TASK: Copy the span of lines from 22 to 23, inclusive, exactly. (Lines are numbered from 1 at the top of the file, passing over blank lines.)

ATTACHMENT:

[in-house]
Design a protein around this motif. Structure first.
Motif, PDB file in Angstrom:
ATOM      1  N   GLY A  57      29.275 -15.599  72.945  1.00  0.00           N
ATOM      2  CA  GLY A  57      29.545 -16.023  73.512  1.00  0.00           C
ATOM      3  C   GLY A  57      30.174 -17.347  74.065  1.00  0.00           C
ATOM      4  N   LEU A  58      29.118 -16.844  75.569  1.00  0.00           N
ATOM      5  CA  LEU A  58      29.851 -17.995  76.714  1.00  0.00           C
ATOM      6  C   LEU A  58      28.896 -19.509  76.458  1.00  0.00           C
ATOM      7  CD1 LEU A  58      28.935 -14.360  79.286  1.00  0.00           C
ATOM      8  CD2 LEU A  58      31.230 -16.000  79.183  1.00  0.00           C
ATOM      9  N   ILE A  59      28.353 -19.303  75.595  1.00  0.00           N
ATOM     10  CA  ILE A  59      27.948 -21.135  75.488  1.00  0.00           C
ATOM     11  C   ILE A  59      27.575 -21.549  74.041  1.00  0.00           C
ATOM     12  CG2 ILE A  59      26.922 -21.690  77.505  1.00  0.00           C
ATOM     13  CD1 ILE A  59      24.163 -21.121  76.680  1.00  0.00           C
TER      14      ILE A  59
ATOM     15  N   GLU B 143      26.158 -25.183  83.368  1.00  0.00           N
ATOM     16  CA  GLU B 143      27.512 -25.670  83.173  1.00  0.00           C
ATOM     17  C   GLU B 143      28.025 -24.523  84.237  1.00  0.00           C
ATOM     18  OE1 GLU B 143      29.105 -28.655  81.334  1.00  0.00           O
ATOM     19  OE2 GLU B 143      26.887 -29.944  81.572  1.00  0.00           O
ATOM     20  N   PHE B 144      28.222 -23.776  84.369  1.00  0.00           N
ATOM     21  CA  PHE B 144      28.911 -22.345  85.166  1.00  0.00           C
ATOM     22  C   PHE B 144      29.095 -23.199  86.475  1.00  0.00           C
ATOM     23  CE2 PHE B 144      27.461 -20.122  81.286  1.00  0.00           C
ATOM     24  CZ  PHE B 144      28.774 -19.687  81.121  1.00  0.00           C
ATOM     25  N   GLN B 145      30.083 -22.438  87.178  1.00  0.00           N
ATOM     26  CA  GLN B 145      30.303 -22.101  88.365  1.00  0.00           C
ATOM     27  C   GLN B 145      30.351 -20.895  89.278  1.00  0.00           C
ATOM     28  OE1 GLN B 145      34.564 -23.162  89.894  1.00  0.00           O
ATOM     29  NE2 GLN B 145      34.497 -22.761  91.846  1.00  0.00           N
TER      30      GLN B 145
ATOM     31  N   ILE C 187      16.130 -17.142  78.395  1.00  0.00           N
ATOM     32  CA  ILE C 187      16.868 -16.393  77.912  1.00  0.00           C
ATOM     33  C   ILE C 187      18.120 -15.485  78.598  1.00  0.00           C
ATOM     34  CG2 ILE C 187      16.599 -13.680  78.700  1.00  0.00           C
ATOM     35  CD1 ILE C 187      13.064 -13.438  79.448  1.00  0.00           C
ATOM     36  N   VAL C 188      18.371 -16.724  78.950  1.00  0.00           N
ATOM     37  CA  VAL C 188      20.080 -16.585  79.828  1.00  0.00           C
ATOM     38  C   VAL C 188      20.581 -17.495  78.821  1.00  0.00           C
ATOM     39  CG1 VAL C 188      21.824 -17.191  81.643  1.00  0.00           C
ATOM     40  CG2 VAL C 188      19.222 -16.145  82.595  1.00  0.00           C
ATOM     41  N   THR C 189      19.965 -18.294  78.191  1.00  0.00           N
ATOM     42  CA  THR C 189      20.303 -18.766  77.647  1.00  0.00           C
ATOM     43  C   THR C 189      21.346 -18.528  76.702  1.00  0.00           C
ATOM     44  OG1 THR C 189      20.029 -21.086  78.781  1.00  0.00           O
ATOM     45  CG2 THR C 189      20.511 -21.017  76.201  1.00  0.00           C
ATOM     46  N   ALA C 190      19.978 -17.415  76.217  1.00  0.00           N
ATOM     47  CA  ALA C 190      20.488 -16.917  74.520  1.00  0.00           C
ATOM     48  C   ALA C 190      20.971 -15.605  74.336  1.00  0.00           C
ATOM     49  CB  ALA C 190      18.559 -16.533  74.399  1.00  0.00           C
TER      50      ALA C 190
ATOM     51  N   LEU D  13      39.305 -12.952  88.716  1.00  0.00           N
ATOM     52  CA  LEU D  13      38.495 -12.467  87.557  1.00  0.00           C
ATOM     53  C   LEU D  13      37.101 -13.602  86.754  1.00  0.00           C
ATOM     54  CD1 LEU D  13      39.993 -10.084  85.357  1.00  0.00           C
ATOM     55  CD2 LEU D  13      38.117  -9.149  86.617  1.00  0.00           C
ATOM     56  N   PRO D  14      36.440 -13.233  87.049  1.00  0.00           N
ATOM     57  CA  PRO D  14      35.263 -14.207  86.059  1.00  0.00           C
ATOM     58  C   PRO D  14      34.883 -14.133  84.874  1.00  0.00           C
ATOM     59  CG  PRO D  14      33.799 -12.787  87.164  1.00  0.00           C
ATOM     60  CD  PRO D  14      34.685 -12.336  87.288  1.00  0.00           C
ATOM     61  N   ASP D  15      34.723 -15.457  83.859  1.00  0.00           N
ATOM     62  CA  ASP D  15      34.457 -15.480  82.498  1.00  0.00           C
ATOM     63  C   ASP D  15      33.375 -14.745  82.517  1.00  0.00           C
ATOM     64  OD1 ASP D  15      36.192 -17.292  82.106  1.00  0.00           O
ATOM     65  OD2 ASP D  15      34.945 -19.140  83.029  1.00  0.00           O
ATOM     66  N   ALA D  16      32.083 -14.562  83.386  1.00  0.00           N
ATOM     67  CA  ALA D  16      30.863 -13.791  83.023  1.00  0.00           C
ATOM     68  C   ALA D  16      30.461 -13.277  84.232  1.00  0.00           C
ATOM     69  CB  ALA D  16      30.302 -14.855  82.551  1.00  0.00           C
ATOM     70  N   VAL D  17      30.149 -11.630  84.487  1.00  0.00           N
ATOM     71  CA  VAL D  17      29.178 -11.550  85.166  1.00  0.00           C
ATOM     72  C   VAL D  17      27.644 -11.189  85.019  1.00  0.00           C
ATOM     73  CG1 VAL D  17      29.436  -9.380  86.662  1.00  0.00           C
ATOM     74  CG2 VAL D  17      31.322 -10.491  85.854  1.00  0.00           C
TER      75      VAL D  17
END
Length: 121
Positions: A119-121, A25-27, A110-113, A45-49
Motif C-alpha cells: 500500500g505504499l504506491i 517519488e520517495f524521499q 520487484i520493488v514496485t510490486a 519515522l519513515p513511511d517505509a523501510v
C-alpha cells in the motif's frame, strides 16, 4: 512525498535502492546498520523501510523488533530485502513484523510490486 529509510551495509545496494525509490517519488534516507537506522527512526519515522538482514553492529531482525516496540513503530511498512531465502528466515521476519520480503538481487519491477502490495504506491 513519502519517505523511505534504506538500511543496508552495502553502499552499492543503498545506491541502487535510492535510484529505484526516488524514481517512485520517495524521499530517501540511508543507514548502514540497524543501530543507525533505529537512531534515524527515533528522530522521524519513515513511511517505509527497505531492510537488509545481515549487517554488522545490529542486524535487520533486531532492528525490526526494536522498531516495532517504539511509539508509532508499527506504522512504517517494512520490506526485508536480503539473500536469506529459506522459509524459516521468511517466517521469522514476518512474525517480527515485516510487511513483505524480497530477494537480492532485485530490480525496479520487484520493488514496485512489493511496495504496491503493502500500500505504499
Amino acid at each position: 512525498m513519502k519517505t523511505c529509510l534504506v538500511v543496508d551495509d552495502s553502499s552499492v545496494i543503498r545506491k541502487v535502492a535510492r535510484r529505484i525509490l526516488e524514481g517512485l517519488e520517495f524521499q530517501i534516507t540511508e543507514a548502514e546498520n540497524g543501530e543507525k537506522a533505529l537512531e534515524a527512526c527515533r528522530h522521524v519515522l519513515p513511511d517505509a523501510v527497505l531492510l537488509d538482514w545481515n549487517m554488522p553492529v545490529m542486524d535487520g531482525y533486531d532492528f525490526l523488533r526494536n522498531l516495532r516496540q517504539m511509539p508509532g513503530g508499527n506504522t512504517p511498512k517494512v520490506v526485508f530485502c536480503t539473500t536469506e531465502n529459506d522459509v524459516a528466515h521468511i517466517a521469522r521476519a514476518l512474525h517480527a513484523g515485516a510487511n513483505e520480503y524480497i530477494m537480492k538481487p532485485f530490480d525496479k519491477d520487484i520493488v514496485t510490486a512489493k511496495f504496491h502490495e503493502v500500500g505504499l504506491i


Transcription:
ATOM     19  OE2 GLU B 143      26.887 -29.944  81.572  1.00  0.00           O
ATOM     20  N   PHE B 144      28.222 -23.776  84.369  1.00  0.00           N